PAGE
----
6338 W. Roosevelt Rd.Photo by Graham Johnston/Staff

A Berwyn resident hopes to open a gun shop in Oak Park, Wednesday Journal has learned, and it appears the village will soon give him the go-ahead.

Justin Delafuente, 27, applied for a license back in July for a business he plans to call Windy City Firearms, located at 6338 W. Roosevelt Road. In his original application, he was shooting for an Aug. 22 opening date but was still waiting for the village to issue a license as of last week.

The gun owner and lifelong National Rifle Association member said he doesn’t believe the village is stonewalling his application.

“I think they’re just trying to make sure it’s done right,” Delafuente said. “I don’t think they’re purposely dragging their feet. They just haven’t dealt with this situation for a while.”

Delafuente works for his stepfather’s business, the 30-year-old Bull Sharpening, which is located next door to the proposed gun shop. The store would not have any inventory on site. Rather, customers would be able to purchase their firearms online, and then pick them up at the office on Roosevelt. Windy City Firearms would only deal in long guns, such as rifles and shotguns and not handguns or assault weapons (though Delafuente said he would be allowed to sell handguns to people working in law enforcement).

Larry D’Antonio, the Berwyn resident who owns both the building and Bull Sharpening, confirmed that he was talking to his stepson about leasing the 1,000-square-foot space. It was formerly used by a printer, and most recently as storage for his sharpening shop.

He believes there’s a place in Oak Park for such a business, and isn’t worried that it might arm crooks.

“Everybody always talks about, ‘Oh, well the criminals are going to get guns,'” D’Antonio said. “Let’s be honest here. Criminals do not walk into a gun store and buy guns. They go buy ’em in a back alley out of a trunk. At this point, all he’s trying to do is help law-abiding citizens who want to go out and hunt and do whatever they want.”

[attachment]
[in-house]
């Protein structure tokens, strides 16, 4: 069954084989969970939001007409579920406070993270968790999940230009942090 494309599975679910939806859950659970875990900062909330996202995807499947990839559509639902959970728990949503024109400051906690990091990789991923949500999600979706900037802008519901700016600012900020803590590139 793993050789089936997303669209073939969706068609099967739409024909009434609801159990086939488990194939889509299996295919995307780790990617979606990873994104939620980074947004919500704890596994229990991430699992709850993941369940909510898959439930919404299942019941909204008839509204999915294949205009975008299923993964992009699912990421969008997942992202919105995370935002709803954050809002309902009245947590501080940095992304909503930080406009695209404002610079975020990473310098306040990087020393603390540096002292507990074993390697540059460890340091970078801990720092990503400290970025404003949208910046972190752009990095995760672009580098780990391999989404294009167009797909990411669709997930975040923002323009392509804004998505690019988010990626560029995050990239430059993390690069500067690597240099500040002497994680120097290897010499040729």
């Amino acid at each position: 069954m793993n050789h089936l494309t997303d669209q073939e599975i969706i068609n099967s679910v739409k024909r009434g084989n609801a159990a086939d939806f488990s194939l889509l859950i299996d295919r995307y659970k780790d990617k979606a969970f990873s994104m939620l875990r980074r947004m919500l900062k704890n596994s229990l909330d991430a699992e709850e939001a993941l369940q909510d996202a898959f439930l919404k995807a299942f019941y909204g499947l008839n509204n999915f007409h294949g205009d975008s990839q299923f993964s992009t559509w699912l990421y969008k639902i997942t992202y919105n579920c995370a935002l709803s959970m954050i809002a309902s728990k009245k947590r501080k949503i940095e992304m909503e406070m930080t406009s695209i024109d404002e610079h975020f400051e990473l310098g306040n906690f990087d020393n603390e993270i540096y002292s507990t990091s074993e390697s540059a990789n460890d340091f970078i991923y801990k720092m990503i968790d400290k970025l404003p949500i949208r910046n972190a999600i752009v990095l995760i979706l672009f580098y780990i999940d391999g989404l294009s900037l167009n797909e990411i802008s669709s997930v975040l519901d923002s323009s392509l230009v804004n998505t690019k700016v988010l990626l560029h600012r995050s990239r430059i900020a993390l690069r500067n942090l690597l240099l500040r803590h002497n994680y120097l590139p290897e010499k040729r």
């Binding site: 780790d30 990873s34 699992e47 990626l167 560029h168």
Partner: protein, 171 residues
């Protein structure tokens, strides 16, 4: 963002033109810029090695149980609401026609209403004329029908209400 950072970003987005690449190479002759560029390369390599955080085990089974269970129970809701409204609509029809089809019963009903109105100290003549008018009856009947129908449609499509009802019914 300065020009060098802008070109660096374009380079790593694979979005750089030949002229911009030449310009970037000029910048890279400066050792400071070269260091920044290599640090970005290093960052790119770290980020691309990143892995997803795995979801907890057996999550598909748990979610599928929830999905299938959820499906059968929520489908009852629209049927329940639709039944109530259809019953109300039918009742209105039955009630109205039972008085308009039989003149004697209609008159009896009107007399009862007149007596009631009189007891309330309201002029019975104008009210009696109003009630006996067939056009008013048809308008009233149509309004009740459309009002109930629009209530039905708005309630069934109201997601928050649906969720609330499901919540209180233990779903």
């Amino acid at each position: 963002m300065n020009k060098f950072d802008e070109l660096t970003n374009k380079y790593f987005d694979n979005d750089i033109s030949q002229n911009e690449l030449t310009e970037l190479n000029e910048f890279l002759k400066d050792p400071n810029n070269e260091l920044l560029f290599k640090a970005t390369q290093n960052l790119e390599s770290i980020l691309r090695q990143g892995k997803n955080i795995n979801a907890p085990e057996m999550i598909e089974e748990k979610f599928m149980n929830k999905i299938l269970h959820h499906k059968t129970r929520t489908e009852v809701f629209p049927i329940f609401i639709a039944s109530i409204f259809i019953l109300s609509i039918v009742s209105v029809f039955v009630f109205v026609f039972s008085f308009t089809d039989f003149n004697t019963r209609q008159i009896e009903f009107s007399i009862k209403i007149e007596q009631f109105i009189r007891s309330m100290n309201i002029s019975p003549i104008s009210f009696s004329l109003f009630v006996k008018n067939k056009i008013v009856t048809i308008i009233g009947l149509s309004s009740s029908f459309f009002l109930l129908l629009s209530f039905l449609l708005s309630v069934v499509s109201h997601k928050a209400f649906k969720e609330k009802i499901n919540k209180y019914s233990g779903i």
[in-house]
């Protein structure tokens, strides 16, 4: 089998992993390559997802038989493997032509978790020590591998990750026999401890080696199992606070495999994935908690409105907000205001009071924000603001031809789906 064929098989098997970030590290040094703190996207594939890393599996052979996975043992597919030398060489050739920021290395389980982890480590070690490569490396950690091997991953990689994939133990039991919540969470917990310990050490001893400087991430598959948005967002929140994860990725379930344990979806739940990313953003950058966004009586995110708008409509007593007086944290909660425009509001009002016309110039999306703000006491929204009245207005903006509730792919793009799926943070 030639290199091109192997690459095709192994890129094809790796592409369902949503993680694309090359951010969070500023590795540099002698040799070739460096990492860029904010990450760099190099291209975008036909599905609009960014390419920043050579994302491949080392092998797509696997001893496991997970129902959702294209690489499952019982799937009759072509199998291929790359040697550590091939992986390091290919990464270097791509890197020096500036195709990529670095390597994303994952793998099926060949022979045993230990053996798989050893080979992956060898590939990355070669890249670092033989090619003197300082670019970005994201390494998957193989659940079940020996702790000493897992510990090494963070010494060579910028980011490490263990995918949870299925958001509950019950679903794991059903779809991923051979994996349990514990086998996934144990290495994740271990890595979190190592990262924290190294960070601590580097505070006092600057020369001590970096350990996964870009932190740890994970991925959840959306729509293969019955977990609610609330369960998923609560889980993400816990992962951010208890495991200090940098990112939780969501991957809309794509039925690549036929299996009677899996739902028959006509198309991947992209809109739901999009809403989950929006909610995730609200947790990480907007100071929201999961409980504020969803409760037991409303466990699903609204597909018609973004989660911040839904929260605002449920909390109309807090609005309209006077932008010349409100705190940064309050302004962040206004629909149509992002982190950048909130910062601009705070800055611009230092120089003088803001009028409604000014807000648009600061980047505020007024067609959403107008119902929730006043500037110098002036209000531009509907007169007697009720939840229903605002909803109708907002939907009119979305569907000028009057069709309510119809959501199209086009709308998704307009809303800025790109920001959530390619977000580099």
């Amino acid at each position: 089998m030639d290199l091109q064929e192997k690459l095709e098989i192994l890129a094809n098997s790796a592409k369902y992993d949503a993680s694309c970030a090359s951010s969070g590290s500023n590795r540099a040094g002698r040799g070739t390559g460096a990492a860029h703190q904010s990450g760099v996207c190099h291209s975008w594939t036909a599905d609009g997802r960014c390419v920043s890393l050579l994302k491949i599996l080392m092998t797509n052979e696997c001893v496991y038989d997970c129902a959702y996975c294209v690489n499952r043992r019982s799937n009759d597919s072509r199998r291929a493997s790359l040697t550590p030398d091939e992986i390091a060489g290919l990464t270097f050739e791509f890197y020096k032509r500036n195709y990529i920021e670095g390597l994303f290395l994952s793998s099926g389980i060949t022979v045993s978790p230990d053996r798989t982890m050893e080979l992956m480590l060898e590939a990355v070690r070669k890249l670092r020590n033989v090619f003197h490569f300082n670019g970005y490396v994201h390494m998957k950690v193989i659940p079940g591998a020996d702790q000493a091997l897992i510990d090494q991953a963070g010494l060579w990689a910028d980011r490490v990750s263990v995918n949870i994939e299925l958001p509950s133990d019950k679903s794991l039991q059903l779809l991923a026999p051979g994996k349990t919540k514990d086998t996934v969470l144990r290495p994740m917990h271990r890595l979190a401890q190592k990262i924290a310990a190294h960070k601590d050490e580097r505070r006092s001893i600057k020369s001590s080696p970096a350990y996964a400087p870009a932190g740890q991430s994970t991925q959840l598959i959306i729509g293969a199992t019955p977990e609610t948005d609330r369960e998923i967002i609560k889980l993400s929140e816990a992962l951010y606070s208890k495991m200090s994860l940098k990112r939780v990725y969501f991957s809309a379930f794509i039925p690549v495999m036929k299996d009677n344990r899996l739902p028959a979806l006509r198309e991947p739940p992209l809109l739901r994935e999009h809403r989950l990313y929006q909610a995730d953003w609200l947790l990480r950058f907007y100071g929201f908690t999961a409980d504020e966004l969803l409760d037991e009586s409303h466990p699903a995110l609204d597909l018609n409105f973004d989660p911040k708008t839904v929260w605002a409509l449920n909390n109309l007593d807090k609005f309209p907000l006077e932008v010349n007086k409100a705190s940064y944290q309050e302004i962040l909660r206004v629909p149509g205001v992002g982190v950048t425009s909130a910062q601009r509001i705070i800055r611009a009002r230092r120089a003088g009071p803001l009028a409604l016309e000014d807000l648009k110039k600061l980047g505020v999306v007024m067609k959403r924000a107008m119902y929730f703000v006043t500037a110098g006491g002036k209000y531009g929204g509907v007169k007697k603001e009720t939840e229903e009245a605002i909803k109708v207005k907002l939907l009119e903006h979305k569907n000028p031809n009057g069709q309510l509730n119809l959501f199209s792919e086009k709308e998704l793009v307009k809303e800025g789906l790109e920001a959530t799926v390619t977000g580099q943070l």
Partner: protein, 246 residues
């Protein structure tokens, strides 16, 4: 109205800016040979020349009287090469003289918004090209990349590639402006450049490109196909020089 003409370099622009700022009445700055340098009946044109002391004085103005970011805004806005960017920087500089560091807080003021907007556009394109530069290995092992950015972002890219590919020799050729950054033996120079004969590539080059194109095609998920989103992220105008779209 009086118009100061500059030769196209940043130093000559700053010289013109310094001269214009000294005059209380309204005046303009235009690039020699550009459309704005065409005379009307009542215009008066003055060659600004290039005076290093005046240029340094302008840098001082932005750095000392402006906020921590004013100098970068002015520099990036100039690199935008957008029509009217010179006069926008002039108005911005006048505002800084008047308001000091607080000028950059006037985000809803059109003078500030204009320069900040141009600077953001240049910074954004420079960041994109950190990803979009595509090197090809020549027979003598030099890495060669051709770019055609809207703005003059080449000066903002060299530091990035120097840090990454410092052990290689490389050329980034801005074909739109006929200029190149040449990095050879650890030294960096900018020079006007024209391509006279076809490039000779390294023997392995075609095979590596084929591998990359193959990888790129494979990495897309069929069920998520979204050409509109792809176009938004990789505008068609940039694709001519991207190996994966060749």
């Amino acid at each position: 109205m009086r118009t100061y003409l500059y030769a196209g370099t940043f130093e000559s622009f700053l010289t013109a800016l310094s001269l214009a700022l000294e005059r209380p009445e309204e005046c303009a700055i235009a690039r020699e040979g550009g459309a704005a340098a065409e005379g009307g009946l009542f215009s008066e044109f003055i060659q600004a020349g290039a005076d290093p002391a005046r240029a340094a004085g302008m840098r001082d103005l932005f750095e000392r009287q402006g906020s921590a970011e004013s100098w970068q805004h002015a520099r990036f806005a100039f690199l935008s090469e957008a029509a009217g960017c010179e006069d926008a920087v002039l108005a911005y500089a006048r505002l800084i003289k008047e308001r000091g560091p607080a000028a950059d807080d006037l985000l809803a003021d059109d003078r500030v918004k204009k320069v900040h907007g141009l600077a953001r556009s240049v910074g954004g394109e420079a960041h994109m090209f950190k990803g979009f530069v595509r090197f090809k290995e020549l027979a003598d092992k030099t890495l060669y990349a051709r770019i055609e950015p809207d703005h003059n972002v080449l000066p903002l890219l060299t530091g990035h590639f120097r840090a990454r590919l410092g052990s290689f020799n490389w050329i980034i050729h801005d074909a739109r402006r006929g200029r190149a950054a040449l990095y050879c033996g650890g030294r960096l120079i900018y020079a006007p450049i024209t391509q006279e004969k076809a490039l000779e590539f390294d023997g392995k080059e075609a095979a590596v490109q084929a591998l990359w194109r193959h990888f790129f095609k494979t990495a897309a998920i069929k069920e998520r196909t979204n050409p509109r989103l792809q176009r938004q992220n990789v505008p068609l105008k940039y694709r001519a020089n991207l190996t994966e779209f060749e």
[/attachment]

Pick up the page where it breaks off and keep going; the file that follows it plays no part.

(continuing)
According to a letter that former Village Attorney Ray Heise wrote to Delafuente back in June, such an establishment is allowed within the village’s borders.

“It is permissible to sell rifles and shotguns within the Village of Oak Park, but not handguns, assault weapons or assault ammunition feeding devices,” he wrote.

Heise, who is now retired, could not be reached for comment at his Oak Park home on last week. Simone Boutet, the acting village attorney, said village staff discussed Delafuente’s application about a month ago, and there seemed to be consensus to let it move forward. Boutet said there was previously a gun store on North Avenue in the village, but it closed in the 1990s.

That store, which also sold all manner of sporting goods, was Breit & Johnson and was located in the village for many years.

Reached Friday, Village Manager Tom Barwin said, pending a final inspection, Oak Park planned to issue the business license soon. In the past, he has advocated strongly to keep guns off Oak Park’s streets, but he said Delafuente seems like a reputable businessman, and Barwin’s personal feelings won’t get in the way of the shop opening.

“The gentleman is following the laws, following the rules, and no matter what our personal feelings are, our responsibility is to apply the codes equally across the board,” said Barwin, who is a former police officer. “As far as we can tell or see here, he’s pursuing his legal options by the books.”

Village President David Pope, like Barwin, has spoken out strongly in favor of gun control within the village, most recently with respect to Oak Park’s longstanding handgun ban, which was overturned by the Supreme Court. But he agreed there’s nothing for the village to do, since Delafuente is following the rules.

“At the end of the day, permissible uses that are not in violation of federal or state or local codes or regulations can’t be prohibited,” he said.

Delafuente said there would be a one-day waiting period for anyone to purchase a gun at Windy City, and he plans to do background checks and review each customer’s Firearm Owner’s Identification card before making a sale.

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